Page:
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Letter to the editor: Disorganized chaos

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President Trump delivers a coronavirus address in the Rose Garden, March 13, 2020. — D. Myles Cullen/Official White House photo

By Gwendolyn Sterling, Cedar Rapids

Re: My last published letter.

I pop in on Facebook every now and then and noticed the only initial Facebook comments on my letter were from self-proclaimed yoga/meditation practitioners. They read a piece that largely dealt with the coronavirus and our collective need to stay vigilant on all issues during these tumultuous times, they honed in on a rather throwaway line about people caring too much about small privileged activities, and that’s all they seemingly took from the piece?!? Yoga and meditation practitioners being myopic, obtuse and reactionary. Does anyone else see the irony here?

To clarify, I have no issue with the practice of yoga and meditation. My problem is when they become co-opted, fetishized and gentrified by denizens of the corporate class.

Moving on. This crisis has, at many times, shown the depth of empathy, compassion and humanity that resides in many of us. (Except those pesky landlords!) I won’t include myself in “us,” mainly because I was so damn mean to those yogis and meditationers. But this pandemic has also exposed an innate inability of our government leaders to organize for the public good. The president says one thing; the governor says another; our city leaders say something else. This is already the proverbial herding of cats, and many of our leaders are coming off like drunk shepherds.

My opinion is that a nationwide shelter-in-place declaration about a week ago likely would have been the best call for containing and flattening this thing. I’ve formed that opinion because many medical experts have advised that as the best course of action. I’d hoped our national leaders would catch on, but each day that passes raises my feeling of impending doom.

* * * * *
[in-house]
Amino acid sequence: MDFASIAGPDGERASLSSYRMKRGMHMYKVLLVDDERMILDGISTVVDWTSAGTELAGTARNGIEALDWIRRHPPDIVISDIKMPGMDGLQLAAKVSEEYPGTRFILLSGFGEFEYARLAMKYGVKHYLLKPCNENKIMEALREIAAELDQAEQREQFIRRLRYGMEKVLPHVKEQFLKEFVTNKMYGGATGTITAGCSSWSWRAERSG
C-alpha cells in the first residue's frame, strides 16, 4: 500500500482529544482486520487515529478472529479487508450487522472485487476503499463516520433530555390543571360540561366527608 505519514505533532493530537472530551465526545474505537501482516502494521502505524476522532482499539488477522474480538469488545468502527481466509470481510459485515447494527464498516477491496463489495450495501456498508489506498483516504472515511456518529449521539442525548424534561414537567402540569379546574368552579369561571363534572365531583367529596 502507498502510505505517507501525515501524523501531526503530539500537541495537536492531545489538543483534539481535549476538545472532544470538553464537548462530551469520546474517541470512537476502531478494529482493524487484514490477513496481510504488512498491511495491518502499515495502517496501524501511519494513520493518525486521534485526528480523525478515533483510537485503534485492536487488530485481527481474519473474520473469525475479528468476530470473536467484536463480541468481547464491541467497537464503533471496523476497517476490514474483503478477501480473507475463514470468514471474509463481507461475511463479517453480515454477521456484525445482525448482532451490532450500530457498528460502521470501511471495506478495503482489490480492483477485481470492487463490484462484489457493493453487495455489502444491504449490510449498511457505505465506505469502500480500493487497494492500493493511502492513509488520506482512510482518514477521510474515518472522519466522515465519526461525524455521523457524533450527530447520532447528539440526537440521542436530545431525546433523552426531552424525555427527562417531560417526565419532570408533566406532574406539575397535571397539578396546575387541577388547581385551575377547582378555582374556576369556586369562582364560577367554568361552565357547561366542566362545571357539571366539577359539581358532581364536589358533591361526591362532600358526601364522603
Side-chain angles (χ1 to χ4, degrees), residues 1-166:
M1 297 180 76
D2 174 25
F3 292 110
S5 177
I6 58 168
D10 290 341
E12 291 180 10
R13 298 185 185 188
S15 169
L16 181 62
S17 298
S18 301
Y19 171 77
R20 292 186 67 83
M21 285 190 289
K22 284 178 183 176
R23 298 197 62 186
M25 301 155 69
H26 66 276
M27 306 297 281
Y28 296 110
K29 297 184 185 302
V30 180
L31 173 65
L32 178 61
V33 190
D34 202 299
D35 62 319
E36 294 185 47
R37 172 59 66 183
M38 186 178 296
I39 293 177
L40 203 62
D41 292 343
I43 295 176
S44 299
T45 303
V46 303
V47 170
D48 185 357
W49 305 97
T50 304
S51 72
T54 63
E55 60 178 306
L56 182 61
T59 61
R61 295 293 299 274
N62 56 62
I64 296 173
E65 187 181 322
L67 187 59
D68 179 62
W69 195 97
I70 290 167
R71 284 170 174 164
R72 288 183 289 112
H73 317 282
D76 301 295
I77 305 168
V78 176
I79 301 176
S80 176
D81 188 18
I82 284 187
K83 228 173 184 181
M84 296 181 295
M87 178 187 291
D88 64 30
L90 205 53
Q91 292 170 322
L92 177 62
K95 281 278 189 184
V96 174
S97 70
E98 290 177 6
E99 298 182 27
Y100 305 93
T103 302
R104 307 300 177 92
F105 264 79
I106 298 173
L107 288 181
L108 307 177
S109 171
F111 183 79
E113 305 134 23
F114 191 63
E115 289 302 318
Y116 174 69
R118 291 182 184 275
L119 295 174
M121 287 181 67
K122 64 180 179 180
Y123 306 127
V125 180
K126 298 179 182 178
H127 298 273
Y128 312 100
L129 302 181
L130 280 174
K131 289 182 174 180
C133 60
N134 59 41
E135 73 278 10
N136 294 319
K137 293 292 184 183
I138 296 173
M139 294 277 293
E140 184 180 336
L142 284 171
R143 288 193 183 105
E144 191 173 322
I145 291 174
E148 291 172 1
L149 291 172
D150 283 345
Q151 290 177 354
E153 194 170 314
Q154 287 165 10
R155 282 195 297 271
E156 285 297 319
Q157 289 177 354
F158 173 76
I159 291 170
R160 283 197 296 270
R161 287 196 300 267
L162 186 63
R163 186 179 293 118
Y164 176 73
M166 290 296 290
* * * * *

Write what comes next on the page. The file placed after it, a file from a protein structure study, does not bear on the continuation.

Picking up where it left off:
Those non-essential factories that I mentioned in my last piece? Yup, many of them are still open and operating as usual as of this writing. Well, except for Amana Whirlpool, which had to close last night because a worker tested positive for the virus and is hospitalized. Why are all these places waiting to close down until someone tests positive and gets sick? That seems like the too-little-too-late approach.

At least we can all now unequivocally know that all this corporate jargon about teamwork and being a family is certified bullshit. Keep those non-essential items rolling until someone gets the virus, at which point there’s a decent chance it has already spread. Profits over people, always. Unbridled Capitalism sure is endearing, isn’t it?

For those of you who have never worked a line, it’s basically impossible to maintain the required physical distance and still do your job in that environment. When non-essential factories don’t close, they put their workers in the rock-and-a-hard-place bind of choosing whether to make a living or risk getting sick. Those workers are going home to their families at night. Those workers and their families deserve better. We all deserve better. I won’t hold my breath that we’ll get it.

Yours in Perpetual Social Distance,
Gwen


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